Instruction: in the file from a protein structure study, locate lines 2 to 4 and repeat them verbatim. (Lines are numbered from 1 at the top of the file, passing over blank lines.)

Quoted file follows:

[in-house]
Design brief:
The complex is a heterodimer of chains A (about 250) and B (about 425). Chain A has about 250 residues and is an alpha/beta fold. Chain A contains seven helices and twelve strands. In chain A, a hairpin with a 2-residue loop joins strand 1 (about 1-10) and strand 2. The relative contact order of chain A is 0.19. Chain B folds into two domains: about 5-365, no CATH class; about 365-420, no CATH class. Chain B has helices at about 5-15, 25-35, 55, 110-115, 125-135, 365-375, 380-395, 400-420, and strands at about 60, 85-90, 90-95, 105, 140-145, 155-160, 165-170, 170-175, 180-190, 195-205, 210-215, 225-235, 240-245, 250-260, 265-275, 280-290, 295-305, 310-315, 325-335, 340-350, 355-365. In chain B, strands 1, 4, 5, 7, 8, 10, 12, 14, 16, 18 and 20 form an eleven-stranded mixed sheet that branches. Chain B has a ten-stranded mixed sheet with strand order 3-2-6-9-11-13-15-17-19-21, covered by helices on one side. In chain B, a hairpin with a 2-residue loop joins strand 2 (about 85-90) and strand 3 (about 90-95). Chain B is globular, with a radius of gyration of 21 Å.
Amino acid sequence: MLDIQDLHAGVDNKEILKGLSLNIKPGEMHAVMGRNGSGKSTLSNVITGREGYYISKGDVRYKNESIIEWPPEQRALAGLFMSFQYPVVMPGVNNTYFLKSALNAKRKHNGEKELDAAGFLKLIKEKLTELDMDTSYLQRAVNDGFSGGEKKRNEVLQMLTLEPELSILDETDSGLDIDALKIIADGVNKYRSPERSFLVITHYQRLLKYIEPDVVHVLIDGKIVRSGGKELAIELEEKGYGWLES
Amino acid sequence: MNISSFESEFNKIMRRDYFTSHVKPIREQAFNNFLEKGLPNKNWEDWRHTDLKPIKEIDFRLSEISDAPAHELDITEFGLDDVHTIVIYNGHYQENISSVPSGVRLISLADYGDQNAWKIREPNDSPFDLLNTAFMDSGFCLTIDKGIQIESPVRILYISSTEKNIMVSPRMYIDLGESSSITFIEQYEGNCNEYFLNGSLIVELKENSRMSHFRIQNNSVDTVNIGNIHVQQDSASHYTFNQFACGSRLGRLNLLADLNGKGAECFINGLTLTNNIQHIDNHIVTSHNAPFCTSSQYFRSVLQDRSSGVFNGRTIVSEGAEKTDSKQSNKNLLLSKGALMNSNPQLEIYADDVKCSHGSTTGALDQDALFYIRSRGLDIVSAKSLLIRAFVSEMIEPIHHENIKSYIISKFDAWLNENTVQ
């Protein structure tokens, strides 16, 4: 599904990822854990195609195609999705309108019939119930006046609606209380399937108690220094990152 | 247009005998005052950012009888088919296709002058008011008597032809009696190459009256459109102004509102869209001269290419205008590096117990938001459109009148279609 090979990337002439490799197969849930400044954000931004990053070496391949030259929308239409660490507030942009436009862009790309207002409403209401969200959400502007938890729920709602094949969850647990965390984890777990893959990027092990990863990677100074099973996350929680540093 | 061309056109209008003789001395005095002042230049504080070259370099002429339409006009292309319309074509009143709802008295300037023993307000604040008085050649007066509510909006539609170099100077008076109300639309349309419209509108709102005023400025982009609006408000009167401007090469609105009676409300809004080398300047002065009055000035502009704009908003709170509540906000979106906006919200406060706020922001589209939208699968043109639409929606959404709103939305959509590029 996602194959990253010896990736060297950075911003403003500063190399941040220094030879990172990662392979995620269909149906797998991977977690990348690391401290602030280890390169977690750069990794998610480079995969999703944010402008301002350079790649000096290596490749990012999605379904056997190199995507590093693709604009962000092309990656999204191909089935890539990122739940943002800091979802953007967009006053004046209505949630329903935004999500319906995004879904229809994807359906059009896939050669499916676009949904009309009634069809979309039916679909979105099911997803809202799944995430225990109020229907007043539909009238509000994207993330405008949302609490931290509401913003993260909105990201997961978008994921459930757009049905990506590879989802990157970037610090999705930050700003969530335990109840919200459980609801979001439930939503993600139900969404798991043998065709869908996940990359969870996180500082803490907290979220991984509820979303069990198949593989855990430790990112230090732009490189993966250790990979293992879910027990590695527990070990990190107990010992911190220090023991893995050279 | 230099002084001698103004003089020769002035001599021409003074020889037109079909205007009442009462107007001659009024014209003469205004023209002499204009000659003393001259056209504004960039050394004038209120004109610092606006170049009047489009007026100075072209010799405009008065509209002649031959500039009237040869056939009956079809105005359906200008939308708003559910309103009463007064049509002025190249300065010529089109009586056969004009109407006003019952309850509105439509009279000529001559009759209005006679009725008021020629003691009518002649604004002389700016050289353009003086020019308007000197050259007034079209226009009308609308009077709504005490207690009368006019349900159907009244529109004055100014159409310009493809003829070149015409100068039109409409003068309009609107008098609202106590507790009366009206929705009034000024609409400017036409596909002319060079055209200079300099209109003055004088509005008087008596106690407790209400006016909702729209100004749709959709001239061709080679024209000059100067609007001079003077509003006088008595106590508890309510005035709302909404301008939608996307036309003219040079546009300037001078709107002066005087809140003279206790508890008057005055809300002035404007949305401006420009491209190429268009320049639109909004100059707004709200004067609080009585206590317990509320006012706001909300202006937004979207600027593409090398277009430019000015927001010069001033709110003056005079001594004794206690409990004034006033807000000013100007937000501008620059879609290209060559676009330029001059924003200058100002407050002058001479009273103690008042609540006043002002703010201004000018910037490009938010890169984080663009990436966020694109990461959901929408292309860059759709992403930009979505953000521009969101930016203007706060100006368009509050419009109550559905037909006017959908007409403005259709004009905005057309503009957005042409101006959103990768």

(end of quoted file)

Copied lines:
Design brief:
The complex is a heterodimer of chains A (about 250) and B (about 425). Chain A has about 250 residues and is an alpha/beta fold. Chain A contains seven helices and twelve strands. In chain A, a hairpin with a 2-residue loop joins strand 1 (about 1-10) and strand 2. The relative contact order of chain A is 0.19. Chain B folds into two domains: about 5-365, no CATH class; about 365-420, no CATH class. Chain B has helices at about 5-15, 25-35, 55, 110-115, 125-135, 365-375, 380-395, 400-420, and strands at about 60, 85-90, 90-95, 105, 140-145, 155-160, 165-170, 170-175, 180-190, 195-205, 210-215, 225-235, 240-245, 250-260, 265-275, 280-290, 295-305, 310-315, 325-335, 340-350, 355-365. In chain B, strands 1, 4, 5, 7, 8, 10, 12, 14, 16, 18 and 20 form an eleven-stranded mixed sheet that branches. Chain B has a ten-stranded mixed sheet with strand order 3-2-6-9-11-13-15-17-19-21, covered by helices on one side. In chain B, a hairpin with a 2-residue loop joins strand 2 (about 85-90) and strand 3 (about 90-95). Chain B is globular, with a radius of gyration of 21 Å.
Amino acid sequence: MLDIQDLHAGVDNKEILKGLSLNIKPGEMHAVMGRNGSGKSTLSNVITGREGYYISKGDVRYKNESIIEWPPEQRALAGLFMSFQYPVVMPGVNNTYFLKSALNAKRKHNGEKELDAAGFLKLIKEKLTELDMDTSYLQRAVNDGFSGGEKKRNEVLQMLTLEPELSILDETDSGLDIDALKIIADGVNKYRSPERSFLVITHYQRLLKYIEPDVVHVLIDGKIVRSGGKELAIELEEKGYGWLES